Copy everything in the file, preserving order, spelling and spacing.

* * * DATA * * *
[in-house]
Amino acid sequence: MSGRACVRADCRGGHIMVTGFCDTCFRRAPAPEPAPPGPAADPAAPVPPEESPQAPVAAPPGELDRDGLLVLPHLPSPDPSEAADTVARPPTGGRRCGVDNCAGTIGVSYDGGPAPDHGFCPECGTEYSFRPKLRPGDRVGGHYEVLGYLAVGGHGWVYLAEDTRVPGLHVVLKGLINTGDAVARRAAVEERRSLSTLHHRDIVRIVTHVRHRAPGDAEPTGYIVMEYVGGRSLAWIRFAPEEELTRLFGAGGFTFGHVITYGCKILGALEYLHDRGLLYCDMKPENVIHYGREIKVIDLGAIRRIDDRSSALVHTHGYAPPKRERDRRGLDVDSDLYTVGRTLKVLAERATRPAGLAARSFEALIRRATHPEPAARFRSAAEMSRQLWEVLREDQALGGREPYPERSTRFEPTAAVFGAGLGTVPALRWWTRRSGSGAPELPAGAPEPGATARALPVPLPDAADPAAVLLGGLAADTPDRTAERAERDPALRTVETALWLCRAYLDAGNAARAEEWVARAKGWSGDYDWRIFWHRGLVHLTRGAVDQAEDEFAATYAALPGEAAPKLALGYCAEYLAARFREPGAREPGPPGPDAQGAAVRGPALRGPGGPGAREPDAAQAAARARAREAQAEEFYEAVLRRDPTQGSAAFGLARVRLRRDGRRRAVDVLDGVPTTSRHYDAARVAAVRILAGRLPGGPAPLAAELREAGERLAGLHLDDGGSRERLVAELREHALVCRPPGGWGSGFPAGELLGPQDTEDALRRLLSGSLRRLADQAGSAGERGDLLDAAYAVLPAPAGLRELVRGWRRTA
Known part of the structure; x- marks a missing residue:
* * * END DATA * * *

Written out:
[in-house]
Amino acid sequence: MSGRACVRADCRGGHIMVTGFCDTCFRRAPAPEPAPPGPAADPAAPVPPEESPQAPVAAPPGELDRDGLLVLPHLPSPDPSEAADTVARPPTGGRRCGVDNCAGTIGVSYDGGPAPDHGFCPECGTEYSFRPKLRPGDRVGGHYEVLGYLAVGGHGWVYLAEDTRVPGLHVVLKGLINTGDAVARRAAVEERRSLSTLHHRDIVRIVTHVRHRAPGDAEPTGYIVMEYVGGRSLAWIRFAPEEELTRLFGAGGFTFGHVITYGCKILGALEYLHDRGLLYCDMKPENVIHYGREIKVIDLGAIRRIDDRSSALVHTHGYAPPKRERDRRGLDVDSDLYTVGRTLKVLAERATRPAGLAARSFEALIRRATHPEPAARFRSAAEMSRQLWEVLREDQALGGREPYPERSTRFEPTAAVFGAGLGTVPALRWWTRRSGSGAPELPAGAPEPGATARALPVPLPDAADPAAVLLGGLAADTPDRTAERAERDPALRTVETALWLCRAYLDAGNAARAEEWVARAKGWSGDYDWRIFWHRGLVHLTRGAVDQAEDEFAATYAALPGEAAPKLALGYCAEYLAARFREPGAREPGPPGPDAQGAAVRGPALRGPGGPGAREPDAAQAAARARAREAQAEEFYEAVLRRDPTQGSAAFGLARVRLRRDGRRRAVDVLDGVPTTSRHYDAARVAAVRILAGRLPGGPAPLAAELREAGERLAGLHLDDGGSRERLVAELREHALVCRPPGGWGSGFPAGELLGPQDTEDALRRLLSGSLRRLADQAGSAGERGDLLDAAYAVLPAPAGLRELVRGWRRTA
Known part of the structure; x- marks a missing residue: